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Moles are common spots on the skin, which usually look like large freckles. They can be flesh-coloured or brown/black in colour. Moles can appear at any age, or a person can be born with them.
They are also known as melanocytic or pigmented naevi.
Moles can be found on any part of the body.
Not usually. Most moles are harmless. However some have a slight risk of becoming cancerous.
Moles which have an increased likelihood of becoming cancerous are called dysplastic naevi. They are usually larger in size than most moles, with irregular colouring. Their border may not be as well defined as a normal mole. If you have a mole which fits this description, seek medical advice.
Moles which are present at birth (congenital pigmented naevi) sometimes have an increased chance of becoming cancerous too.
However whether you are born with moles, or they develop over time, you should check them regularly for any changes in colour or shape. If you have moles in an awkward place which makes them difficult to check, get somebody else to do it for you. If you notice changes in any of your moles, or if your mole starts to bleed, visit a doctor immediately.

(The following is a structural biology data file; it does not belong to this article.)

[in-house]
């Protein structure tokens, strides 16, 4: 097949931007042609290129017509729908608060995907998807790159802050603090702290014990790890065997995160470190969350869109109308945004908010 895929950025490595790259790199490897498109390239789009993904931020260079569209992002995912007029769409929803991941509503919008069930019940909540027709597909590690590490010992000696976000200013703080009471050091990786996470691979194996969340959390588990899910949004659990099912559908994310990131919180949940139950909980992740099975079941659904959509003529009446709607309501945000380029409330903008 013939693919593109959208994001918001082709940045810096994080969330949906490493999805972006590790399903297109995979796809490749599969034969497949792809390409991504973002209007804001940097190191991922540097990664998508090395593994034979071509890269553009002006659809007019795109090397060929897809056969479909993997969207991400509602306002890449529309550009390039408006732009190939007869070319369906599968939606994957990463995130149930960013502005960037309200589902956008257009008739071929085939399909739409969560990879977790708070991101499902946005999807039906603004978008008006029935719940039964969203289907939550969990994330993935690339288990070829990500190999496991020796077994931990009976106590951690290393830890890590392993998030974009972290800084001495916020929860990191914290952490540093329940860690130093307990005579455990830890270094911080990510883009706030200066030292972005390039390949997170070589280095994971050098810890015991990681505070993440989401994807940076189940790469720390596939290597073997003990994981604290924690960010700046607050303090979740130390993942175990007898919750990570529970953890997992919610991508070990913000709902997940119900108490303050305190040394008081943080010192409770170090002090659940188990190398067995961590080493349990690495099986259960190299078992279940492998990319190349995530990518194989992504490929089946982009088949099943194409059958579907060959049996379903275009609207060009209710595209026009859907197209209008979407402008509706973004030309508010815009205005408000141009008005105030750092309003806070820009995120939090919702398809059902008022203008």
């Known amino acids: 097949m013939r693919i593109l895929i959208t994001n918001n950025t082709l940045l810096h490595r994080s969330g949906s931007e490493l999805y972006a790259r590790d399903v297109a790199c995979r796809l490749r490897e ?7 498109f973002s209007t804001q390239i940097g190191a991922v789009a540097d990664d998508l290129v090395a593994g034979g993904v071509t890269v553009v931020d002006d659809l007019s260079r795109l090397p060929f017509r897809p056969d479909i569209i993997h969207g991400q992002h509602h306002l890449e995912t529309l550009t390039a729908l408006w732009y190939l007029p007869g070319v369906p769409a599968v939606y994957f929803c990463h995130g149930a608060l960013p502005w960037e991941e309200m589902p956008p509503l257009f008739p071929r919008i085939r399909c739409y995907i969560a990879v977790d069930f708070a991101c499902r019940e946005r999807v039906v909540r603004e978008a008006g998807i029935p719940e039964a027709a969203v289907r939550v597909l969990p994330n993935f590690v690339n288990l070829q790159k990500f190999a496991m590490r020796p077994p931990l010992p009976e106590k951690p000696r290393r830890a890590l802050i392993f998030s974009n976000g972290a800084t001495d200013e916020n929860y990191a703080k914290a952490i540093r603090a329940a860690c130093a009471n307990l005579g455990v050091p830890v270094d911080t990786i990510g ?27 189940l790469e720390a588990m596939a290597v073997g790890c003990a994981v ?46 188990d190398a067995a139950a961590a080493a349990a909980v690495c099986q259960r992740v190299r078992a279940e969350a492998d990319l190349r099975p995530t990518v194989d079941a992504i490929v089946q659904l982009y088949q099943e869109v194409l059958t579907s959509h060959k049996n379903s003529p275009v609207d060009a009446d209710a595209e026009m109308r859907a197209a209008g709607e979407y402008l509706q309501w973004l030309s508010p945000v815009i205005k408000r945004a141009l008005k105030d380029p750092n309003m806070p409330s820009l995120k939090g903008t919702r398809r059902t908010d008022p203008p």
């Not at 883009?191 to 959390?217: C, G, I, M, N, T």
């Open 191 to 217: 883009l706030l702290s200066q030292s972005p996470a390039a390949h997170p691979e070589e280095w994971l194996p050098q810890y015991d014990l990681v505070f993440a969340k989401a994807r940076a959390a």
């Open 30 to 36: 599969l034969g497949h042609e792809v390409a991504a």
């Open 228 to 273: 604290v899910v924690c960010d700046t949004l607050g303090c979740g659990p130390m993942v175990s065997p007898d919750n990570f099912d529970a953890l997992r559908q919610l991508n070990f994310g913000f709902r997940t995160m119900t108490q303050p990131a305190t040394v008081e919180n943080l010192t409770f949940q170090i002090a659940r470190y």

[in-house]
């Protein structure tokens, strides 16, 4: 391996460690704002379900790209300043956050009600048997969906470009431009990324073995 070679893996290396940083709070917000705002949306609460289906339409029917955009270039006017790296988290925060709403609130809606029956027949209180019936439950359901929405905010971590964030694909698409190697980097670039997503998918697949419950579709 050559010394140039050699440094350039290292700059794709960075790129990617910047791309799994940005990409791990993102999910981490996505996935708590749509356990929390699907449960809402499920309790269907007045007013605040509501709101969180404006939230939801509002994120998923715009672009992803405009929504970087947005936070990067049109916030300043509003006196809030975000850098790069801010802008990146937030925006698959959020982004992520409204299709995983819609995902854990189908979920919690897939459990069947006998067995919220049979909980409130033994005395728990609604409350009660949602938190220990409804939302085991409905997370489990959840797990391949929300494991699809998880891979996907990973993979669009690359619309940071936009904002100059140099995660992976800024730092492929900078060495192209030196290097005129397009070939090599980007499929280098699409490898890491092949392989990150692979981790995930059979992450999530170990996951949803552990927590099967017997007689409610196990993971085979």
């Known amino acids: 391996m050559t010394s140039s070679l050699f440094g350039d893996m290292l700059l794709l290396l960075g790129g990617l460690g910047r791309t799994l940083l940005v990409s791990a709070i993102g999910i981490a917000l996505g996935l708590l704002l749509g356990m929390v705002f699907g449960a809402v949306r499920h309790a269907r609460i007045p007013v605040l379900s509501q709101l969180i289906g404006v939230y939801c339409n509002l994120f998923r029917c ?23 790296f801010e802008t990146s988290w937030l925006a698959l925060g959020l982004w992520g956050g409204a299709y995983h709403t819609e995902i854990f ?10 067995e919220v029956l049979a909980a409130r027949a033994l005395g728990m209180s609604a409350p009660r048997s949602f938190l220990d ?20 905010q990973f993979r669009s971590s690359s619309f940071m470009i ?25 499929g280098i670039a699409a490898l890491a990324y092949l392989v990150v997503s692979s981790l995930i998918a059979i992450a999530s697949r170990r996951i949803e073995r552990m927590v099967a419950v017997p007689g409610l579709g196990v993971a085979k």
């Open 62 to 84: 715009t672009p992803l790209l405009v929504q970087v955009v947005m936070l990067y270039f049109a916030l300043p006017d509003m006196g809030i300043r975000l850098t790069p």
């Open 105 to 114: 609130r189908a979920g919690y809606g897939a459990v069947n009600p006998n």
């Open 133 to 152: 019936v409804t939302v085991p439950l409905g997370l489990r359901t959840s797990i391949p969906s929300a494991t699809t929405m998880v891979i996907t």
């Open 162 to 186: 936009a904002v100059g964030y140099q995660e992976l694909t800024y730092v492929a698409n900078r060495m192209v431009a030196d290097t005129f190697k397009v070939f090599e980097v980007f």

Also make sure to take adequate precaution in the sun, as over-exposure can result in skin cancer.
When checking your moles, remember the letters A, B, C, and D.
No. Freckles are small tan or brown spots which develop on the skin after repeated exposure to sunlight. They are most commonly found in people with fair complexions, and tend to be darker and more numerous during the summer. They are not dangerous, but can be seen as a warning to people that they are vulnerable to sunburn.
As most moles are harmless, they never need to be treated. However there are some cases in which removal may be necessary:
Yes. Many people have hair growing out of their moles. While you should regularly check your moles for any changes in shape or colour, the growth of hair is nothing to worry about.
If the hair is unsightly, for example, if it is on a mole on the face, you may wish to have it removed. Many people in this position simply pluck the hair. If you have any queries or concerns, consult a doctor or dermatologist.